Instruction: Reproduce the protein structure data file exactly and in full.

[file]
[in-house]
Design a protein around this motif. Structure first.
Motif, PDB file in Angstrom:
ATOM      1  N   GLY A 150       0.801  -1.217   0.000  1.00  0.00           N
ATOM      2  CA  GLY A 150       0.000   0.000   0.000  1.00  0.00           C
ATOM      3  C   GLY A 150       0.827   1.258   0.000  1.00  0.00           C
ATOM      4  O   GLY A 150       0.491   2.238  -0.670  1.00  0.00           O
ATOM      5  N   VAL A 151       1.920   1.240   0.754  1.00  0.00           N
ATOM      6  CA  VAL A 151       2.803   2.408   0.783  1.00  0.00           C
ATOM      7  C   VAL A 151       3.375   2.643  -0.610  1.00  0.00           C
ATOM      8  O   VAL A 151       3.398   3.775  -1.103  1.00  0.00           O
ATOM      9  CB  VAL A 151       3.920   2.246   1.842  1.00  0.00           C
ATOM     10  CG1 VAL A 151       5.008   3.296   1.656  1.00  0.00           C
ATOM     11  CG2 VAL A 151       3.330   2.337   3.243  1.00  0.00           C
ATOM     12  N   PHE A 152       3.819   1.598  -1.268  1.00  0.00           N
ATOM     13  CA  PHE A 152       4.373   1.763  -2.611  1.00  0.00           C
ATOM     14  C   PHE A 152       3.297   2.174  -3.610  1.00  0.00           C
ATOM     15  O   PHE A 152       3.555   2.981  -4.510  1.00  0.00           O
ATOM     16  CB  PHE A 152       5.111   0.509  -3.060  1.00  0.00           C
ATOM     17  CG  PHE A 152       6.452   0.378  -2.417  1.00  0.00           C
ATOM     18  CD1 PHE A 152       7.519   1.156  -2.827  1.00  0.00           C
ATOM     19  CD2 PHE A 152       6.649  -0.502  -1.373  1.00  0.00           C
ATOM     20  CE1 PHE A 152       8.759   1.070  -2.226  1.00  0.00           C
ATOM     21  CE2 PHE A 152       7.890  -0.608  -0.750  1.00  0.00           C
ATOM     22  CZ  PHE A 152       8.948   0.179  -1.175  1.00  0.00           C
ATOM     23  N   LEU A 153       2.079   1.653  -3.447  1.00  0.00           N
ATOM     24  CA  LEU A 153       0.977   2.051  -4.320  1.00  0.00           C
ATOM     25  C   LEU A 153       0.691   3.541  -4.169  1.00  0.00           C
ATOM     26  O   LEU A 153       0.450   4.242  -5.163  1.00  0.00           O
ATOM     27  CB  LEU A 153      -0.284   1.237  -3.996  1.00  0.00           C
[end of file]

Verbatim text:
[in-house]
Design a protein around this motif. Structure first.
Motif, PDB file in Angstrom:
ATOM      1  N   GLY A 150       0.801  -1.217   0.000  1.00  0.00           N
ATOM      2  CA  GLY A 150       0.000   0.000   0.000  1.00  0.00           C
ATOM      3  C   GLY A 150       0.827   1.258   0.000  1.00  0.00           C
ATOM      4  O   GLY A 150       0.491   2.238  -0.670  1.00  0.00           O
ATOM      5  N   VAL A 151       1.920   1.240   0.754  1.00  0.00           N
ATOM      6  CA  VAL A 151       2.803   2.408   0.783  1.00  0.00           C
ATOM      7  C   VAL A 151       3.375   2.643  -0.610  1.00  0.00           C
ATOM      8  O   VAL A 151       3.398   3.775  -1.103  1.00  0.00           O
ATOM      9  CB  VAL A 151       3.920   2.246   1.842  1.00  0.00           C
ATOM     10  CG1 VAL A 151       5.008   3.296   1.656  1.00  0.00           C
ATOM     11  CG2 VAL A 151       3.330   2.337   3.243  1.00  0.00           C
ATOM     12  N   PHE A 152       3.819   1.598  -1.268  1.00  0.00           N
ATOM     13  CA  PHE A 152       4.373   1.763  -2.611  1.00  0.00           C
ATOM     14  C   PHE A 152       3.297   2.174  -3.610  1.00  0.00           C
ATOM     15  O   PHE A 152       3.555   2.981  -4.510  1.00  0.00           O
ATOM     16  CB  PHE A 152       5.111   0.509  -3.060  1.00  0.00           C
ATOM     17  CG  PHE A 152       6.452   0.378  -2.417  1.00  0.00           C
ATOM     18  CD1 PHE A 152       7.519   1.156  -2.827  1.00  0.00           C
ATOM     19  CD2 PHE A 152       6.649  -0.502  -1.373  1.00  0.00           C
ATOM     20  CE1 PHE A 152       8.759   1.070  -2.226  1.00  0.00           C
ATOM     21  CE2 PHE A 152       7.890  -0.608  -0.750  1.00  0.00           C
ATOM     22  CZ  PHE A 152       8.948   0.179  -1.175  1.00  0.00           C
ATOM     23  N   LEU A 153       2.079   1.653  -3.447  1.00  0.00           N
ATOM     24  CA  LEU A 153       0.977   2.051  -4.320  1.00  0.00           C
ATOM     25  C   LEU A 153       0.691   3.541  -4.169  1.00  0.00           C
ATOM     26  O   LEU A 153       0.450   4.242  -5.163  1.00  0.00           O
ATOM     27  CB  LEU A 153      -0.284   1.237  -3.996  1.00  0.00           C